Amidst the overall alarm and anguish that we are all experiencing due to the pandemic, COVID-19 has highlighted fears around food and eating. Some of us are stuck at home with bountiful pantries, distressed by the abundance of food. Others are struggling with lack of access to food, or deprivation stemming from shortages and limitations on purchasing. Diet culture–which makes us fear food and eating–has inserted itself front and center, profiting off this hysteria. How many jokes about the “Quarantine 15” have you seen? I, for one, have seen far too many.
(As an aside, these jokes are never funny. Not during quarantine, not ever. They perpetuate weight stigma and fat-shaming.)
An Unexpected Hurdle in Recovery
For those struggling with eating disorders, this can be an especially difficult time. The desire for a sense of control might drive disordered thoughts around food. With fewer distractions from food and body, urges to use disordered behaviors may be heightened. We know that eating disorders thrive on silence and isolation, and many patients may not have their usual social support system, or may not have access to their usual treatment team. Recovery is incredibly challenging on its own, and COVID presents a whole new set of hurdles. An article published in the Journal of Eating Disorders highlights the various ways the pandemic may be exacerbating eating disorders, and calls for an international mental health response to support those struggling (Touyz, 2020).
Diet Culture’s Fear-Mongering Tactics
It’s not only those with eating disorders who are at risk during these times. Diet culture is so pervasive, that a huge portion of the population is entrenched in fear around food. COVID has forced many of us to forgo our usual structure and daily routines, and diet culture has co-opted the situation: it teaches us to distrust our bodies and our intuition around food. It teaches us that without exerting limits, restriction, and control (or, perhaps, without buying whacky supplements, powders, or shakes), that we will inevitably gain weight. The horror.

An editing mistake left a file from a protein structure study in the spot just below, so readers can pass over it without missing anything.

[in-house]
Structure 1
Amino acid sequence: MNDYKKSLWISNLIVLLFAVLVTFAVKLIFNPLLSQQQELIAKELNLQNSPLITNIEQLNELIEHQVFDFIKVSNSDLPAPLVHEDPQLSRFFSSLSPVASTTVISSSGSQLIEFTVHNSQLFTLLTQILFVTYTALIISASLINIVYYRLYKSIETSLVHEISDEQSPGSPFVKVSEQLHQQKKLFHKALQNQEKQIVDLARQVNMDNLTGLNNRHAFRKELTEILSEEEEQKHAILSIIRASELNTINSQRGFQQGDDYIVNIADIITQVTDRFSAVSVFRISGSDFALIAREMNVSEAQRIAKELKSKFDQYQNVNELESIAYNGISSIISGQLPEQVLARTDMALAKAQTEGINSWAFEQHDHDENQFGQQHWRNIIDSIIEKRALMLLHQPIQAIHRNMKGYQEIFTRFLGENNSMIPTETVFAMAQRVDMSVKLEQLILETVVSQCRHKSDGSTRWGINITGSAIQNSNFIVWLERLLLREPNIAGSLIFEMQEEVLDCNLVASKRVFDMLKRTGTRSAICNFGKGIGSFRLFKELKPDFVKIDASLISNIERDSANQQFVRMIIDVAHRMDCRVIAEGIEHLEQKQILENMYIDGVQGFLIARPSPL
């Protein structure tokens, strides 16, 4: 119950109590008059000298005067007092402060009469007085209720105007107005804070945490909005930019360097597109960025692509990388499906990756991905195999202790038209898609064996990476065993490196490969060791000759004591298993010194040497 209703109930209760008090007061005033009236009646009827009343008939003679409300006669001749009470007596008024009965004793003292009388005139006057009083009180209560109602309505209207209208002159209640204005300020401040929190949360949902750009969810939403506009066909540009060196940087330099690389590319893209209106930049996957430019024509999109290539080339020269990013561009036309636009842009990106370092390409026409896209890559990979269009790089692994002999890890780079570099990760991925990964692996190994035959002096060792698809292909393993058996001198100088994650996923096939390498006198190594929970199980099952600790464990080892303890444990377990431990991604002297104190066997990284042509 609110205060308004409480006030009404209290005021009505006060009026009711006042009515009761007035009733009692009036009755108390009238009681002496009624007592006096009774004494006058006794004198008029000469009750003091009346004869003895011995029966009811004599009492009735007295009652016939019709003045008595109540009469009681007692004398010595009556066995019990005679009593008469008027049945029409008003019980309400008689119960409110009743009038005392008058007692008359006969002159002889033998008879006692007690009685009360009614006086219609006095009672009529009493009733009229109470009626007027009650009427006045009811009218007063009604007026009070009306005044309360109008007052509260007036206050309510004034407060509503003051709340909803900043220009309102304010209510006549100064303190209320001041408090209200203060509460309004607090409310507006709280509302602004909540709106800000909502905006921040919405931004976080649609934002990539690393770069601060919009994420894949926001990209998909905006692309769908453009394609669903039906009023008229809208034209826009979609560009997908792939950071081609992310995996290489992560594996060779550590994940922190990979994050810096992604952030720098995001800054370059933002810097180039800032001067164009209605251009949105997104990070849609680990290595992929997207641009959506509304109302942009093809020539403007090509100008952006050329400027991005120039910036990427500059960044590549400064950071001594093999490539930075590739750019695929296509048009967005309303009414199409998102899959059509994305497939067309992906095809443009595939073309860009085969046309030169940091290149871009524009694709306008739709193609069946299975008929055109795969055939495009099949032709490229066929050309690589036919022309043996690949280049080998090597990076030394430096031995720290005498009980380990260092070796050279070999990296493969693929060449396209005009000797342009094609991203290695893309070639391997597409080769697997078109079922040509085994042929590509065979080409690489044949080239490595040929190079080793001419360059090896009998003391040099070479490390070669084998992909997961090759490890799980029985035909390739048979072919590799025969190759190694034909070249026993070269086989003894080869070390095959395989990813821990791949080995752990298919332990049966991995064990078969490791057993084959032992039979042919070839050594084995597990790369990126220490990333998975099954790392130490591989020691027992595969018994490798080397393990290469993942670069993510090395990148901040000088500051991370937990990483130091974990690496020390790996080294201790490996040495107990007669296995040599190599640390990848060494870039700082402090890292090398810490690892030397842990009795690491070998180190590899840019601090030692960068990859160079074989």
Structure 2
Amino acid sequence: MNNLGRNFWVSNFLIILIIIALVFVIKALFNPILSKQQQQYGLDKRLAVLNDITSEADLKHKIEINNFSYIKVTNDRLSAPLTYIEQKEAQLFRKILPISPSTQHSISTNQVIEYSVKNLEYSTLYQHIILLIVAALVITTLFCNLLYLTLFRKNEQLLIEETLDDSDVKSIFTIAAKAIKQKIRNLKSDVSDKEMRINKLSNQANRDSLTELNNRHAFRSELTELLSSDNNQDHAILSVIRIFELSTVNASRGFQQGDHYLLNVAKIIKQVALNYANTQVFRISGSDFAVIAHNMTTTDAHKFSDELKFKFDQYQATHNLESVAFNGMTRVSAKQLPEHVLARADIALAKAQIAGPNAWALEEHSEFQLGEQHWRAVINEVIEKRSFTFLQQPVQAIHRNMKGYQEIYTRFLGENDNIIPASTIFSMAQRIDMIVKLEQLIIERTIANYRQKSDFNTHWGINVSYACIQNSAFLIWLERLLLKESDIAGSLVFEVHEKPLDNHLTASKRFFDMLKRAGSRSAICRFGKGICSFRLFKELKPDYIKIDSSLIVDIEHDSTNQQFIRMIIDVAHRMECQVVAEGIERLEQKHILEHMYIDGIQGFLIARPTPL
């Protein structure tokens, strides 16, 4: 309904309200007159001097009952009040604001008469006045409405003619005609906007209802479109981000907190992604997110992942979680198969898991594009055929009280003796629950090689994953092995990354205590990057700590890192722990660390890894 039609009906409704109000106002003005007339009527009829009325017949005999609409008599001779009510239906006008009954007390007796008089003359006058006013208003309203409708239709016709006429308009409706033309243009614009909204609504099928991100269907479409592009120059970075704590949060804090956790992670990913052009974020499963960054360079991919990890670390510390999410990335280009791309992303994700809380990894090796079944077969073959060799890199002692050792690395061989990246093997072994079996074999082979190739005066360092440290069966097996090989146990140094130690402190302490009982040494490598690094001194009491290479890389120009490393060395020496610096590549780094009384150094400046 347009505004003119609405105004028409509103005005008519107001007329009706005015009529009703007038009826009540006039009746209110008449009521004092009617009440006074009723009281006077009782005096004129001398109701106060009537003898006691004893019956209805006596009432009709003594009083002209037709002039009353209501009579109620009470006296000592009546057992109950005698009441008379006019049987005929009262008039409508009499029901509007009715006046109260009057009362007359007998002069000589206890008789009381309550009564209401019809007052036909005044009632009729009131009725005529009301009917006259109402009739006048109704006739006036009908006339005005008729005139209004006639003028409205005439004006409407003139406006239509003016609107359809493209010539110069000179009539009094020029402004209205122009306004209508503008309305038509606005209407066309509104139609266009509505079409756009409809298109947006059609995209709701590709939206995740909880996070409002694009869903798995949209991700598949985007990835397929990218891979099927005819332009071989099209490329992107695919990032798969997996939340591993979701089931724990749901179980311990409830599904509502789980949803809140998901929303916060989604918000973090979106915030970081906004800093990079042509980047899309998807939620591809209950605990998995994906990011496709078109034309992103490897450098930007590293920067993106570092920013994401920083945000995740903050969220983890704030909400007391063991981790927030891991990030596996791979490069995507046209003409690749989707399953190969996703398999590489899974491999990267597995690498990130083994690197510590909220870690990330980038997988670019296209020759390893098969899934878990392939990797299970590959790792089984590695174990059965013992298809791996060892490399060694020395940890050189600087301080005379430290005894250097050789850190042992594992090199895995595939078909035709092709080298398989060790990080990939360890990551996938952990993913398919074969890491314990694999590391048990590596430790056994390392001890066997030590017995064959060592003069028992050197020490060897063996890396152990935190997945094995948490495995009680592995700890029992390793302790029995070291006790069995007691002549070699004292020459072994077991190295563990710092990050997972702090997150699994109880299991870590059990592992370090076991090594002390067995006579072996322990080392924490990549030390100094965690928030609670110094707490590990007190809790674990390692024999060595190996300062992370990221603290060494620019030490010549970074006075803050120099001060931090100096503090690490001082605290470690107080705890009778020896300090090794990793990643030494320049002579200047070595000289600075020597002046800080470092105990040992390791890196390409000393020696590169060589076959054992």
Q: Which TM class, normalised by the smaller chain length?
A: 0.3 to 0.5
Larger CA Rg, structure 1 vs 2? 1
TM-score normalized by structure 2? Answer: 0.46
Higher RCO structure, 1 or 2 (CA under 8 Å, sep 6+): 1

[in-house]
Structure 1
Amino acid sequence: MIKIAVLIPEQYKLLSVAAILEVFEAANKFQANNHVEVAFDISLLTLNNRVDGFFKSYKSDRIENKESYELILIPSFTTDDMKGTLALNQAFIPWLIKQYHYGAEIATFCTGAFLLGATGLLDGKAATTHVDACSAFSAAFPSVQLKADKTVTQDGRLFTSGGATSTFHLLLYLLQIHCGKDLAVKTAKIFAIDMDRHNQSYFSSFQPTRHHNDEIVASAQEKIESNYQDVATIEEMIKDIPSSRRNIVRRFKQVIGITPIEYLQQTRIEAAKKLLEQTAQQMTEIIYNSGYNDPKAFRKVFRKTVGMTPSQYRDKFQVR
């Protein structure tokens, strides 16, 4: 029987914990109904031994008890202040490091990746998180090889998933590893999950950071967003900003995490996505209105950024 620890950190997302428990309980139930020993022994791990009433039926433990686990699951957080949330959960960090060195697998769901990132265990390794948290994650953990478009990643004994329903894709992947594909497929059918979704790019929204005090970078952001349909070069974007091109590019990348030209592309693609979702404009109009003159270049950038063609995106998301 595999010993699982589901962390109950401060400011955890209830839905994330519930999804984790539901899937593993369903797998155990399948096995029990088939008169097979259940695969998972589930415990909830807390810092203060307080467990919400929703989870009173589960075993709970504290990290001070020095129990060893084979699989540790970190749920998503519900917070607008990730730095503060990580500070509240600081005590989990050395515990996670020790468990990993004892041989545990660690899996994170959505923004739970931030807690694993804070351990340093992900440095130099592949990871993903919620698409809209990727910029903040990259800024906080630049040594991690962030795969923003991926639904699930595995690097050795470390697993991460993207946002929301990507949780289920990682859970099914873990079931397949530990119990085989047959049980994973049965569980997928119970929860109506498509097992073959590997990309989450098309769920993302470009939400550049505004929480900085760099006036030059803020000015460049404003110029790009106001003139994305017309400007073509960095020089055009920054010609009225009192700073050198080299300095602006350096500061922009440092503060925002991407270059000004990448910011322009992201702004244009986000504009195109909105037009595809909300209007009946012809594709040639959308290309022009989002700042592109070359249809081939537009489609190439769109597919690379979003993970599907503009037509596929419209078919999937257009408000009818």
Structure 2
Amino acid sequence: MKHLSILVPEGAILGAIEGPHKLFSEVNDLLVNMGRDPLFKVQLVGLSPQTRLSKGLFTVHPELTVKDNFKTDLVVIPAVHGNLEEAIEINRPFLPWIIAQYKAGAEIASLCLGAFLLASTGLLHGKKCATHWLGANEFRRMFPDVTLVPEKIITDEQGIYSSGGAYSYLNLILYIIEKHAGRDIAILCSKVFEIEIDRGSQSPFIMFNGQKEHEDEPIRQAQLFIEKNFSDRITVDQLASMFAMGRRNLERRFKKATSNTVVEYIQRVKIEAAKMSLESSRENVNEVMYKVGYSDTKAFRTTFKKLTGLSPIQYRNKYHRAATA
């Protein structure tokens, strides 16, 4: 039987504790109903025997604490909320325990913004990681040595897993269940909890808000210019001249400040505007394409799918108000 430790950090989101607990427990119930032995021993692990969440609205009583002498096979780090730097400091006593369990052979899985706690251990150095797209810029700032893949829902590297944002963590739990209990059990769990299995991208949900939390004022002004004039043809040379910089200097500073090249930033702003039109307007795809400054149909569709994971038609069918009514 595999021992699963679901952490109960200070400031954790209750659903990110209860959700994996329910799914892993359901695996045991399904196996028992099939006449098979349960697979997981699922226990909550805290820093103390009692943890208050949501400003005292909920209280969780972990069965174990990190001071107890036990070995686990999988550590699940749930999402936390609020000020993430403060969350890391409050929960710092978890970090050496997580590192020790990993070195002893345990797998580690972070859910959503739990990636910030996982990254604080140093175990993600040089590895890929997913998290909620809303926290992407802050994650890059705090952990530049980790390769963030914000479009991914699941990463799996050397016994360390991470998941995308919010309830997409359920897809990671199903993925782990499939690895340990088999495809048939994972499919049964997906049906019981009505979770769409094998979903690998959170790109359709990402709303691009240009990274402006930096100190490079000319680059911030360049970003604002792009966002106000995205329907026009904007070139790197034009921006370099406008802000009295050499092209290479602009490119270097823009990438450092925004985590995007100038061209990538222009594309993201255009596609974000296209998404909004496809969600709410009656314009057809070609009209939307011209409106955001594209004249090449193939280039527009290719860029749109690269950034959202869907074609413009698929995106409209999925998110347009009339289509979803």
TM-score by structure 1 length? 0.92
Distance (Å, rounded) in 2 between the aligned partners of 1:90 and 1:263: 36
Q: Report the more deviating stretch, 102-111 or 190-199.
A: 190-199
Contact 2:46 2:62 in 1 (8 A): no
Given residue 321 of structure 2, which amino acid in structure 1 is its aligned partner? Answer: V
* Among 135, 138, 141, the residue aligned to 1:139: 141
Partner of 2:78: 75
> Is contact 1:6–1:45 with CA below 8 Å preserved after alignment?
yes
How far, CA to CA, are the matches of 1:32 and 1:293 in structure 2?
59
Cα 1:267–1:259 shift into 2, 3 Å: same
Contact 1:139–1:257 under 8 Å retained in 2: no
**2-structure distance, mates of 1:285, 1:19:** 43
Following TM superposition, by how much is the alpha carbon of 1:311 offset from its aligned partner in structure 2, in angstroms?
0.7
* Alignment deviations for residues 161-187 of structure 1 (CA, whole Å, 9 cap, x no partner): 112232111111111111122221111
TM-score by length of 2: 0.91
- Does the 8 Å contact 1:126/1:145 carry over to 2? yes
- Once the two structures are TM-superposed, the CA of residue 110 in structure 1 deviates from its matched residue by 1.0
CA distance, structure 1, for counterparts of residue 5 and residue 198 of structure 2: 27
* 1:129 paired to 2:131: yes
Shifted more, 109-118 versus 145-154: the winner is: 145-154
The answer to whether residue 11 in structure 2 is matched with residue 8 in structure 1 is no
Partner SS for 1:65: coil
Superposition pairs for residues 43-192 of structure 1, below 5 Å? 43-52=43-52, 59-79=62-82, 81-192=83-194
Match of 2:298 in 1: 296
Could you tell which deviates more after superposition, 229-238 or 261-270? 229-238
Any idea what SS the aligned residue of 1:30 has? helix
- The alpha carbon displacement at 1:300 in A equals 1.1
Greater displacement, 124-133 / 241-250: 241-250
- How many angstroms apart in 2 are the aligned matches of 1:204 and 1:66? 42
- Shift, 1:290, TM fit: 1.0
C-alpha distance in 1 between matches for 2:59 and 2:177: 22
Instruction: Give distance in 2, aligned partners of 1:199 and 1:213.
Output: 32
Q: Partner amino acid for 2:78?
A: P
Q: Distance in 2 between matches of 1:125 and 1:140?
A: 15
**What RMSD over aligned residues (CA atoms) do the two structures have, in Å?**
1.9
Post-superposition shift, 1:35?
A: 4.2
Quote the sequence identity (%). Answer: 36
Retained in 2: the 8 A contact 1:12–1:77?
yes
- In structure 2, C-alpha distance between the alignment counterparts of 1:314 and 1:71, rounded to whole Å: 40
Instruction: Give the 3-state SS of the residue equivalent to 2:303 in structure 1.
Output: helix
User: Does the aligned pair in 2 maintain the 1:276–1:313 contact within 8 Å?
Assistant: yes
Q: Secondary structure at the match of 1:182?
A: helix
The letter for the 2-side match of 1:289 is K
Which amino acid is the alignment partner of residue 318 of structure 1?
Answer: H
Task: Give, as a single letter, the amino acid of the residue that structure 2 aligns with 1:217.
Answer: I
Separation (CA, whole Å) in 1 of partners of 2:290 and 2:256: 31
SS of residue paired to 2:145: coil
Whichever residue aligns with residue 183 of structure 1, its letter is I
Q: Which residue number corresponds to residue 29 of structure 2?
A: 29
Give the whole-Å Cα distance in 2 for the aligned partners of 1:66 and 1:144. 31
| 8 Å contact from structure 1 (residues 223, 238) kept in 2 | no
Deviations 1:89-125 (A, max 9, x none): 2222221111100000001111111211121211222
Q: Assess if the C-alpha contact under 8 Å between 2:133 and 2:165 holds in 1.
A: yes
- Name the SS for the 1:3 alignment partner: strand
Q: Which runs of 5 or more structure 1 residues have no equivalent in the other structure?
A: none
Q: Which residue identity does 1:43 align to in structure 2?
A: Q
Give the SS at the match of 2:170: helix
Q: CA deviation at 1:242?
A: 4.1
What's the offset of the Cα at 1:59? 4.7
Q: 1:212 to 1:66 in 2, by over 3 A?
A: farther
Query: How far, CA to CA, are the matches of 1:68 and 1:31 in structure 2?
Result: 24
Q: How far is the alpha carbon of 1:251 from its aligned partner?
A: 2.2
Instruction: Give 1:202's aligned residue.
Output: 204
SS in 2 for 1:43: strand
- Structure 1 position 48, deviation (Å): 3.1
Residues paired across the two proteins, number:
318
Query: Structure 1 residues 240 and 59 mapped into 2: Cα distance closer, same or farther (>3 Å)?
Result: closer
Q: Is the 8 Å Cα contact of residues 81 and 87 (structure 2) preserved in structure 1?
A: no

But What if my Body Changes?
First of all, I challenge you to question your beliefs and assumptions about gaining weight (or about those at a higher weight, period). Second, weight changes are a natural, normal, inevitable part of life. Your body may be adapting and changing to literally get you through a pandemic. If you were to gain weight, is a change in your body size really the worst thing that could happen?
Getting Through the Pandemic
I am here to tell you this: you don’t need to “do it all”. You don’t need to eat “perfect” during quarantine (what is “perfect”, anyway?) You don’t need to become a fitness guru, or take up running, or start doing yoga. Right now, your only job is to take care of yourself and get through this incredibly difficult situation. Given the chaos and its effect on those with and without eating disorders, the most important thing we can do is be understanding and practice self-compassion.
This means practicing flexibility and resilience. This means reminding yourself that you’re doing your best, with the goal of keeping yourself and your loved ones safe. This means keeping yourself fed and nourished, without buying into diet culture’s traps. This means trusting your body throughout quarantine, and knowing that this distress—this pandemic—is temporary.
A Few Words of Advice
- Consider eating every 3-4 hours, regardless of hunger cues. We know that anxiety and distress can dampen hunger cues, but your body still needs to be fed.
- If a lack of structure and routine are exacerbating disordered behaviors, go into each day with a plan. Consider roughly scheduling your day, and anchoring meals and snacks around various activities.
- If you struggle at mealtimes, consider tuning in to @covid19eatingsupport on Instagram. Here, a HAES-aligned dietitian or therapist hosts live eating support sessions every hour.
- For more information and materials around managing disordered eating, check out our [resources] page.
- Consider meeting with a dietitian for additional support. Here at Lori Lieberman & Associates, we are working virtually to help meet the needs of our patients.
Touyz, S., Lacey, H. & Hay, P. Eating disorders in the time of COVID-19.
J Eat Disord 8, 19 (2020). https://doi.org/10.1186/s40337-020-00295-3